Venice Hotels Articles

April 18, 2010

Travel reviews: Venice, Italy

The bright evening sunlight took us by surprise as we wandered out of the shady lane, and on to another picturesque bridge. On the other side of the bridge three lanes lead off in three seperate directions.

Where are we?’ You asked.

I don’t know!’ I replied.

Where are we trying to get to anyway?’

I don’t know,’ again was my reply.

Then why are you bothering to look at that map all the time?’ It was a reasonable serious of questions I suppose. After all I had asked you the same questions an hour or so earlier when you had held the map, and attempted to make sense of the glorious city maze that is Venice. I didn’t reply to your final question, but instead pointed an uncertain finger down the middle of the three lanes, which had a long name which I couldn’t pronounce, but which seemed vaguely familiar to me.

When in Venice, the sooner you embrace the fact that you are hopelessly lost, and are likely to remain hopelessly lost for the majority of your stay, then the sooner you can relax and take in the beauty which greets you wherever you go. In a city like Venice being lost is no real hardship, because it is small enough that sooner or later you always get to where you’re going, and besides there are certain distinct advantages to being lost.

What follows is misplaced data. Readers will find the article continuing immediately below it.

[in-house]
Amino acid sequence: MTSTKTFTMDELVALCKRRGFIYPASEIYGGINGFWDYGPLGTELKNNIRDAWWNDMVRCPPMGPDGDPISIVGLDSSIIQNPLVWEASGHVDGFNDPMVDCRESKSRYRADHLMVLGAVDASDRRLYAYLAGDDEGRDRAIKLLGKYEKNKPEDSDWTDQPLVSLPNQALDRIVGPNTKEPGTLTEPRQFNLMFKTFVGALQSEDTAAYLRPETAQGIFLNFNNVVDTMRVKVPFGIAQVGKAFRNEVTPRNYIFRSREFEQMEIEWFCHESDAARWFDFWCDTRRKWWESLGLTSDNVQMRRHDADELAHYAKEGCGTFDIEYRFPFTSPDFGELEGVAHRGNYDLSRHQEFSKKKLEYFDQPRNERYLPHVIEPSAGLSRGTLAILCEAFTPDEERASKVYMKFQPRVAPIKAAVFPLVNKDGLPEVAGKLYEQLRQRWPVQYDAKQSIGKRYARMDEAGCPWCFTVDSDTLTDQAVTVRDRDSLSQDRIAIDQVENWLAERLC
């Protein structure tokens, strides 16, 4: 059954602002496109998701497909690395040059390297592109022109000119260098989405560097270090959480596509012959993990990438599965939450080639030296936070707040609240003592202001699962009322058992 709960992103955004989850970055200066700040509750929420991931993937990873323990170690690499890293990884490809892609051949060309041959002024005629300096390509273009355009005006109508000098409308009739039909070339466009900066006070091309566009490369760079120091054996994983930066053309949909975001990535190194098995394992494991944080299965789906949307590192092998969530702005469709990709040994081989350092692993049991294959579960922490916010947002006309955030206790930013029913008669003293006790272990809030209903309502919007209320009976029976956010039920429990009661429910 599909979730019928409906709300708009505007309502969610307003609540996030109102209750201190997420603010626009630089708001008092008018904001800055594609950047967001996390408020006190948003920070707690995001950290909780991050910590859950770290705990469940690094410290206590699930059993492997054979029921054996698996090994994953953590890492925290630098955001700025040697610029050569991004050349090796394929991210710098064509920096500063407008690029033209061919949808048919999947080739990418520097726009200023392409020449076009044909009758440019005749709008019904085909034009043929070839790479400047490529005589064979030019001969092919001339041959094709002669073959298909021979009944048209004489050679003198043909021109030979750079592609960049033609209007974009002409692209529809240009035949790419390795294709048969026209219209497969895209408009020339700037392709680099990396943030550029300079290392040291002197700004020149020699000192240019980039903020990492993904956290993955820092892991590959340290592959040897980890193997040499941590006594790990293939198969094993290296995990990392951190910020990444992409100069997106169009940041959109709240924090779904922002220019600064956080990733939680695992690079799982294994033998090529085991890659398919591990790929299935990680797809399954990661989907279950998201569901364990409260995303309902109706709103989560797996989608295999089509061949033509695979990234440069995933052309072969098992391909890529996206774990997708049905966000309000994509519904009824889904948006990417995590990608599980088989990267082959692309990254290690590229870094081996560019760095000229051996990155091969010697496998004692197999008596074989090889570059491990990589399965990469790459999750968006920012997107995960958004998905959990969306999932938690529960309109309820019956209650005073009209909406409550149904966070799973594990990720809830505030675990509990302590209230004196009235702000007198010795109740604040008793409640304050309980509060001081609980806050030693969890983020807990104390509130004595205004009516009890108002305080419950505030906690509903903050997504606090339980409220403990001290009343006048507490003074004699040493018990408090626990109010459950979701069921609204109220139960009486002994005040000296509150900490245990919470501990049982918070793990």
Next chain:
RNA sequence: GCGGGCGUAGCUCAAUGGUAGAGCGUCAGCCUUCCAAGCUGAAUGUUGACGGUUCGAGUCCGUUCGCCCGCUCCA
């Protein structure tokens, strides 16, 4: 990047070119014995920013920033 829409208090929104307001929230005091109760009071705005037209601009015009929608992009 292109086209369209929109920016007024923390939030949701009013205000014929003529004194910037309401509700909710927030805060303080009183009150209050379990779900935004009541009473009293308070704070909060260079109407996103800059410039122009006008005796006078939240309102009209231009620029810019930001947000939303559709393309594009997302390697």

Had we not got lost when we first arrived in Venice, then no doubt we would have found our way to the main concentration of hotels around the bustling Piazza San Marco, and would have missed out on the delightful apartment which we discovered in the quieter, and more Italian part of the city, Campo Santa Margherita. The room was rented out by a local hotel, but in fact seemed to be nothing more than a derelict apartment, the interior of which appeared to have seen little attention since the sixties. But for the bargain price of 60 Euros per night, and with a balcony overlooking the central square of Campo Santa Margherita, it is fair to say that it more than exceeded our expectations on such a minimal budget. Another advantage of the apartment was that it was a twenty minute walk (in theory) from Piazza San Marco, and the other central attractions, and therefore allowed us many more opportunities to get lost on our excursions around the city.

And had we not been lost so often, then no doubt we would have missed out on many of the colourful conversations with the cheerful locals, which usually began with the words, Scusami, Dov e .?’ (Excuse me, where is ..?) spoken in my faltering Italian accent. In most

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